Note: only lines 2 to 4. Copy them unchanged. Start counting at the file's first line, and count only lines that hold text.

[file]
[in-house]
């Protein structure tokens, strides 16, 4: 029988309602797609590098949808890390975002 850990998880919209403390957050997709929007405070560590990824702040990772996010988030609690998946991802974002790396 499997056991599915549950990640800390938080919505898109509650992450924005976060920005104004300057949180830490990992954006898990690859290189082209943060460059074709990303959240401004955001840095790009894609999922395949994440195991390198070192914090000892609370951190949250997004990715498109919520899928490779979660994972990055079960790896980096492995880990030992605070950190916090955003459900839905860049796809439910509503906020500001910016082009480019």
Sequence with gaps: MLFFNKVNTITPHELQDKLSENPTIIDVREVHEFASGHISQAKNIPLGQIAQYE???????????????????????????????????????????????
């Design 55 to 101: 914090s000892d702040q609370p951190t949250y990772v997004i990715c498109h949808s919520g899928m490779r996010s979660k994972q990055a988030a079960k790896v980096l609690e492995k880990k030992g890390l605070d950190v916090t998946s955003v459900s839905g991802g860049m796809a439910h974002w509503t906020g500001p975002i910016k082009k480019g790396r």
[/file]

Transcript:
């Protein structure tokens, strides 16, 4: 029988309602797609590098949808890390975002 850990998880919209403390957050997709929007405070560590990824702040990772996010988030609690998946991802974002790396 499997056991599915549950990640800390938080919505898109509650992450924005976060920005104004300057949180830490990992954006898990690859290189082209943060460059074709990303959240401004955001840095790009894609999922395949994440195991390198070192914090000892609370951190949250997004990715498109919520899928490779979660994972990055079960790896980096492995880990030992605070950190916090955003459900839905860049796809439910509503906020500001910016082009480019």
Sequence with gaps: MLFFNKVNTITPHELQDKLSENPTIIDVREVHEFASGHISQAKNIPLGQIAQYE???????????????????????????????????????????????
């Design 55 to 101: 914090s000892d702040q609370p951190t949250y990772v997004i990715c498109h949808s919520g899928m490779r996010s979660k994972q990055a988030a079960k790896v980096l609690e492995k880990k030992g890390l605070d950190v916090t998946s955003v459900s839905g991802g860049m796809a439910h974002w509503t906020g500001p975002i910016k082009k480019g790396r």